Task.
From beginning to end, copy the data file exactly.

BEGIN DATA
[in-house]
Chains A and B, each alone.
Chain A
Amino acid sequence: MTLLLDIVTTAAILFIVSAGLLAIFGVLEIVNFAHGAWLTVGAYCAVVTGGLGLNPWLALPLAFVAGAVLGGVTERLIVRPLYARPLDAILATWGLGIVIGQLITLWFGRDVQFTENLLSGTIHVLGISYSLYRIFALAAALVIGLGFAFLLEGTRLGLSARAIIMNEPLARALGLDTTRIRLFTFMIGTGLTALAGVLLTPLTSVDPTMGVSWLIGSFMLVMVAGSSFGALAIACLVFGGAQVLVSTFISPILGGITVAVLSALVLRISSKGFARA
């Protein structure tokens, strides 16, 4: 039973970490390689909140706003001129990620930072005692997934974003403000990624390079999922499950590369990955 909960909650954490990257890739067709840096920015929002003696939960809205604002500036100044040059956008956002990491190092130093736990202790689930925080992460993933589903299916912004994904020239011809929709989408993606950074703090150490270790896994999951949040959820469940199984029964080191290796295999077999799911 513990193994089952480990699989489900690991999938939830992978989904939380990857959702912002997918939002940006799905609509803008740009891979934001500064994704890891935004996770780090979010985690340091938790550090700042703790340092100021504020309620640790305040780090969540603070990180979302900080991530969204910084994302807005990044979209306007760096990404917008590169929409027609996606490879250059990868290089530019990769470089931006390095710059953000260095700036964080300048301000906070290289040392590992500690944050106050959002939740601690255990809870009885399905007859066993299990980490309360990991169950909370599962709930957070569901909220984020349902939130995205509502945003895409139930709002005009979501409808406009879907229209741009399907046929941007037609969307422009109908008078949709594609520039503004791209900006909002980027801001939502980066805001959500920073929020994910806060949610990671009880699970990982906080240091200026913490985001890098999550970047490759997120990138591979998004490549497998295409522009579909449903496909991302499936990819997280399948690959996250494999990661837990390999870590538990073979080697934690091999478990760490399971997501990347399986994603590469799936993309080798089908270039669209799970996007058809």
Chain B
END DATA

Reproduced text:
[in-house]
Chains A and B, each alone.
Chain A
Amino acid sequence: MTLLLDIVTTAAILFIVSAGLLAIFGVLEIVNFAHGAWLTVGAYCAVVTGGLGLNPWLALPLAFVAGAVLGGVTERLIVRPLYARPLDAILATWGLGIVIGQLITLWFGRDVQFTENLLSGTIHVLGISYSLYRIFALAAALVIGLGFAFLLEGTRLGLSARAIIMNEPLARALGLDTTRIRLFTFMIGTGLTALAGVLLTPLTSVDPTMGVSWLIGSFMLVMVAGSSFGALAIACLVFGGAQVLVSTFISPILGGITVAVLSALVLRISSKGFARA
């Protein structure tokens, strides 16, 4: 039973970490390689909140706003001129990620930072005692997934974003403000990624390079999922499950590369990955 909960909650954490990257890739067709840096920015929002003696939960809205604002500036100044040059956008956002990491190092130093736990202790689930925080992460993933589903299916912004994904020239011809929709989408993606950074703090150490270790896994999951949040959820469940199984029964080191290796295999077999799911 513990193994089952480990699989489900690991999938939830992978989904939380990857959702912002997918939002940006799905609509803008740009891979934001500064994704890891935004996770780090979010985690340091938790550090700042703790340092100021504020309620640790305040780090969540603070990180979302900080991530969204910084994302807005990044979209306007760096990404917008590169929409027609996606490879250059990868290089530019990769470089931006390095710059953000260095700036964080300048301000906070290289040392590992500690944050106050959002939740601690255990809870009885399905007859066993299990980490309360990991169950909370599962709930957070569901909220984020349902939130995205509502945003895409139930709002005009979501409808406009879907229209741009399907046929941007037609969307422009109908008078949709594609520039503004791209900006909002980027801001939502980066805001959500920073929020994910806060949610990671009880699970990982906080240091200026913490985001890098999550970047490759997120990138591979998004490549497998295409522009579909449903496909991302499936990819997280399948690959996250494999990661837990390999870590538990073979080697934690091999478990760490399971997501990347399986994603590469799936993309080798089908270039669209799970996007058809």
Chain B